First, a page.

A Framework for Evaluating the Customer Wait Experience
MetadataShow full item record
McGuire, Kelly A.; Kimes, Sherri E.; Lynn, Michael; Pullman, Madeleine E.; Lloyd, Russell C.
Purpose – The purpose of this paper is to propose and test a model which defines the psychological processes that mediate the relationship between perceived wait duration (PWD) and satisfaction. This model will provide a framework for evaluating the impact of situational and environmental variables in the servicescape on customer reaction to the wait experience. Design/methodology/approach – The approach included one field study and two laboratory experiments in which subjects participated in a service with a pre-process wait and evaluated their experience on a survey. Findings – Perceived wasted time, perceived control, perceived boredom, and perceived neglect mediated the relationship between PWD and wait experience evaluation. When tested using filled versus unfilled wait time as the situational variable, the model showed that having something to do during the wait decreased perceived boredom, resulting in a more positive wait experience. Research limitations/implications – The services used in this paper were functional (as opposed to hedonistic) in nature and wait durations were a maximum of ten minutes. Originality/value – The framework established in this paper can be used to evaluate customer reaction to the elements of the waiting environment design, which will help managers design waiting environments that maximize customer satisfaction, and help researchers to understand changes in the relationship between PWD and satisfaction under different environmental conditions.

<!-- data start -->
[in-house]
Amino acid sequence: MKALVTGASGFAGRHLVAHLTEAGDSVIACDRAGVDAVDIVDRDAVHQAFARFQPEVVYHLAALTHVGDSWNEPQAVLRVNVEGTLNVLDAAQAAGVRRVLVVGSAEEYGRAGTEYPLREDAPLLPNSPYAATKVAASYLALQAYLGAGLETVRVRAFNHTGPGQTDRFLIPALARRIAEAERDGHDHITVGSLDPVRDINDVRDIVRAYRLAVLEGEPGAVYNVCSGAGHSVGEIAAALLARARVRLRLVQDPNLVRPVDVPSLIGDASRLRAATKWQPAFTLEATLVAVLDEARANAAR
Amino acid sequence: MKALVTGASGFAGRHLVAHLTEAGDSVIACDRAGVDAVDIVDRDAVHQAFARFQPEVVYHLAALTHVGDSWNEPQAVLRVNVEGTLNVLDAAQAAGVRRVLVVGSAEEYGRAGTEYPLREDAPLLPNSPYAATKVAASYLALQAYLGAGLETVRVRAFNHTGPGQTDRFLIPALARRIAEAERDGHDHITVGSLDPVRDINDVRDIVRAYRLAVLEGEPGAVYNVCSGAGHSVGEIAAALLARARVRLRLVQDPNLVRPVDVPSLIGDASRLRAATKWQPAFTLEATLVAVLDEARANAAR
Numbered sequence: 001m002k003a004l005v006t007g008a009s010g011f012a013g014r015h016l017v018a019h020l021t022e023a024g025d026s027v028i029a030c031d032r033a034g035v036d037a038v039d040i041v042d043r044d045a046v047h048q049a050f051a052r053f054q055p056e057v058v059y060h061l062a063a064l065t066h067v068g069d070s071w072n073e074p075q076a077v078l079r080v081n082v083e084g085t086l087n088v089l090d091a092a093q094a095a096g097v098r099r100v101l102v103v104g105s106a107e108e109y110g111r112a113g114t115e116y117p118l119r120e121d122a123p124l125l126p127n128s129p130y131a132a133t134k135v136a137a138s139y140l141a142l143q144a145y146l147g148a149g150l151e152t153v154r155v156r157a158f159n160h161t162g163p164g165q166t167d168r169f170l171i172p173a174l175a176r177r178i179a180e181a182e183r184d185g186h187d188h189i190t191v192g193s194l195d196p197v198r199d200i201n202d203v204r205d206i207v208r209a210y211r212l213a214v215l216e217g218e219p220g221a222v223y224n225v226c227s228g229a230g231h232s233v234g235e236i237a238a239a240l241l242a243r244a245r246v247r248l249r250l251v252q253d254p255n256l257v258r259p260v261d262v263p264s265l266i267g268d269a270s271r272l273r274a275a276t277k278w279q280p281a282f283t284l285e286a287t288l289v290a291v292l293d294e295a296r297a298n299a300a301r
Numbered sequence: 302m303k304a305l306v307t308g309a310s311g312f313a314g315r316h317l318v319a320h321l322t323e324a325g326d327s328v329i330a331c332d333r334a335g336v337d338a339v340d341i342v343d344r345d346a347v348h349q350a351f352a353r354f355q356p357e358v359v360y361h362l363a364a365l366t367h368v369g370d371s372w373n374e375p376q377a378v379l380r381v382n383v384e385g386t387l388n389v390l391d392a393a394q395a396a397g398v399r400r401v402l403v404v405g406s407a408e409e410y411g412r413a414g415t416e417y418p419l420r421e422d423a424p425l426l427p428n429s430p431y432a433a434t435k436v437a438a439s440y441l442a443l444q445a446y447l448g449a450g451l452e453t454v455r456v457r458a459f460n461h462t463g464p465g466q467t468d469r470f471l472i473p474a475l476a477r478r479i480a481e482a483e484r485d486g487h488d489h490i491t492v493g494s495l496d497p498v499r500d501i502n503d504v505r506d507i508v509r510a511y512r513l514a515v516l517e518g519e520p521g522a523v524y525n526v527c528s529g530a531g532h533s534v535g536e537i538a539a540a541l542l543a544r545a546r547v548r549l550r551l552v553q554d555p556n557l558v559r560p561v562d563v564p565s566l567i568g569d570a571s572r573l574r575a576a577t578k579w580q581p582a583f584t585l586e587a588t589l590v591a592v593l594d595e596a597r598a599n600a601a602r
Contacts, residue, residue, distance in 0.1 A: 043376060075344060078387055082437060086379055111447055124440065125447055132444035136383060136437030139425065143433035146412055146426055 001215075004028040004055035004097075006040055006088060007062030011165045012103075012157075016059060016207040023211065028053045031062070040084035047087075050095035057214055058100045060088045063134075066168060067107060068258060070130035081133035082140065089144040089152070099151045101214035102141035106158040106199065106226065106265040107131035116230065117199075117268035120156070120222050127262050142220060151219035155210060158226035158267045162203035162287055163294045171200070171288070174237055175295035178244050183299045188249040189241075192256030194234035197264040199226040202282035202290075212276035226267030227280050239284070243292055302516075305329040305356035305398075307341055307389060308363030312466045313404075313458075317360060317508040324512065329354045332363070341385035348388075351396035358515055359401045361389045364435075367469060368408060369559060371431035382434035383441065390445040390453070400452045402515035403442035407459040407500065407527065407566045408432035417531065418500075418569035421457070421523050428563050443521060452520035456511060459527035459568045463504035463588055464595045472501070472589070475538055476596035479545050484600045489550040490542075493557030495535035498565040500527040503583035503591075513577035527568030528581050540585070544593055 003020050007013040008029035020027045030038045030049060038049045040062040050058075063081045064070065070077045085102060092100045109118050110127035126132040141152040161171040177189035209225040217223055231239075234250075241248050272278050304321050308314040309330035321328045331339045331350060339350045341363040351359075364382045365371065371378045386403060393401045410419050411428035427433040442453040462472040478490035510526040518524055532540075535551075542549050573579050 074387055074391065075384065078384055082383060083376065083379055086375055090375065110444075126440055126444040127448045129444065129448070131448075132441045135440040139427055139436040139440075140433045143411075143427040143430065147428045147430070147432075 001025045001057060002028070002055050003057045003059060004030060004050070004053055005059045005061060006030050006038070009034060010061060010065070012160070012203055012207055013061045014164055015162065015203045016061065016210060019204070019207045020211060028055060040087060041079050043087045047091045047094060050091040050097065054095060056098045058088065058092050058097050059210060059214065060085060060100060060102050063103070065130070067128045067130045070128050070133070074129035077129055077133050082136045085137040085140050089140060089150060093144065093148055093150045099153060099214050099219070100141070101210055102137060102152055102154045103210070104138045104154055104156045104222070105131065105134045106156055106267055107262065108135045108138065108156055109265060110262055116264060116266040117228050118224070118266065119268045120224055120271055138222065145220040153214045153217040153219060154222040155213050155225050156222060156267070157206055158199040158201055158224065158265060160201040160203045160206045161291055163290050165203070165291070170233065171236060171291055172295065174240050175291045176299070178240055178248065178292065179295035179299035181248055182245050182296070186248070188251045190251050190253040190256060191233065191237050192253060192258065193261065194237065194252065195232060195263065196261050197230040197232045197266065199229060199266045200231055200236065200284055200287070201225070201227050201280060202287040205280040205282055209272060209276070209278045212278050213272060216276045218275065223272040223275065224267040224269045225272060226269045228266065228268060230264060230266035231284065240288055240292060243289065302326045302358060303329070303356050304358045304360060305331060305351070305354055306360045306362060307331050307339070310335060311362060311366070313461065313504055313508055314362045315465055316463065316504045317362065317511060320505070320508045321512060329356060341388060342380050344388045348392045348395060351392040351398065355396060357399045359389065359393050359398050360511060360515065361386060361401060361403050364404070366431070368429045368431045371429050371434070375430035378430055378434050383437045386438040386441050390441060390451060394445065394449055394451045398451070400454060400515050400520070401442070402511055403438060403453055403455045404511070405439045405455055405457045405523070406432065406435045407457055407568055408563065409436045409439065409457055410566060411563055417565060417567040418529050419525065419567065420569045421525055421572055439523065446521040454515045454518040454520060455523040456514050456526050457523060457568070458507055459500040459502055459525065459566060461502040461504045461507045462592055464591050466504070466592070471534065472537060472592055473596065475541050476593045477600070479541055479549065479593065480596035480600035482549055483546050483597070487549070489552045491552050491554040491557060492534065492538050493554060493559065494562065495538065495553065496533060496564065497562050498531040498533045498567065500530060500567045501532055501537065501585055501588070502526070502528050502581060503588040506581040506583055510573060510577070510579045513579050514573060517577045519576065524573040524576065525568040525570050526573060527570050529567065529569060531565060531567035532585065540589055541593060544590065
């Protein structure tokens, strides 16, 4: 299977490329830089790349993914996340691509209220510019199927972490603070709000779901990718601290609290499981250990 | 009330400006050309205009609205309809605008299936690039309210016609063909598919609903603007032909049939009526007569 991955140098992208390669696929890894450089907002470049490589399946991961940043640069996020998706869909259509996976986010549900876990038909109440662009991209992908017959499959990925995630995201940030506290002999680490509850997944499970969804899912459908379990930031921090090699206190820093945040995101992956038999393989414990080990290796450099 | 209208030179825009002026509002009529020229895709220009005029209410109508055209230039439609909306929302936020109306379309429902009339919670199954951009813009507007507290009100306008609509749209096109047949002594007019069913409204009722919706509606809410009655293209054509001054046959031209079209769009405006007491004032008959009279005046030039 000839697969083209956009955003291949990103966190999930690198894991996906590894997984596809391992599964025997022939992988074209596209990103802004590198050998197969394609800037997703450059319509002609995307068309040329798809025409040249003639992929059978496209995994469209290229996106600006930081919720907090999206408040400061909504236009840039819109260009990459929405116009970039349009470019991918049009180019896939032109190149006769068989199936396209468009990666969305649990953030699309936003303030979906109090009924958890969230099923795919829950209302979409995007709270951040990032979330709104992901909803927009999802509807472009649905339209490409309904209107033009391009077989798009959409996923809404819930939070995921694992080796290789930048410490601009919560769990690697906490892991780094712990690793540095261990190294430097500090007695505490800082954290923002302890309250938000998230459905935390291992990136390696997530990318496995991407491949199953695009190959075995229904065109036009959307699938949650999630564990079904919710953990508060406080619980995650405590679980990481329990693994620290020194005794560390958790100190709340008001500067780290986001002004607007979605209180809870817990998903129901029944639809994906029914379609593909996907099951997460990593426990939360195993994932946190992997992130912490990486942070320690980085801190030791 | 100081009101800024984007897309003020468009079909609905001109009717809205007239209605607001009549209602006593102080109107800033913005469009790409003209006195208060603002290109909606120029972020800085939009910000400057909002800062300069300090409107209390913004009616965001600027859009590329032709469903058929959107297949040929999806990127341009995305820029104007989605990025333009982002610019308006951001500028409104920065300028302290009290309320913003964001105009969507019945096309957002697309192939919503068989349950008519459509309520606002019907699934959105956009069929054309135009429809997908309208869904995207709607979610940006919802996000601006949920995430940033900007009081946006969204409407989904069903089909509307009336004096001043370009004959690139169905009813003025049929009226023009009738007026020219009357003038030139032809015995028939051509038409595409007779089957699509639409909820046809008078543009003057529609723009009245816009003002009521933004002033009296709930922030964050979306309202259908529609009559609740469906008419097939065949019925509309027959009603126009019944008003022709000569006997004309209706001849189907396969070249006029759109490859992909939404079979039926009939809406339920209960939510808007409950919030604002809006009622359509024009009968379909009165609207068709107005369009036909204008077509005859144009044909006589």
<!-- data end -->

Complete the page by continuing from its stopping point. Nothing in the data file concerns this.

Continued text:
customer satisfaction; consumer behavior; waiting lists; psychology
Required Publisher Statement: © Emerald. Final version published as: McGuire, K. A., Kimes, S.E., Lynn, M., Pullman, M. E., & Lloyd, R. C. (2010). A framework for evaluating the customer wait experience. Journal of Service Management, 21(3), 269-290. Reprinted with permission. All rights reserved.This article was the recipient of Emerald Publishing’s Highly Commended Award for 2011.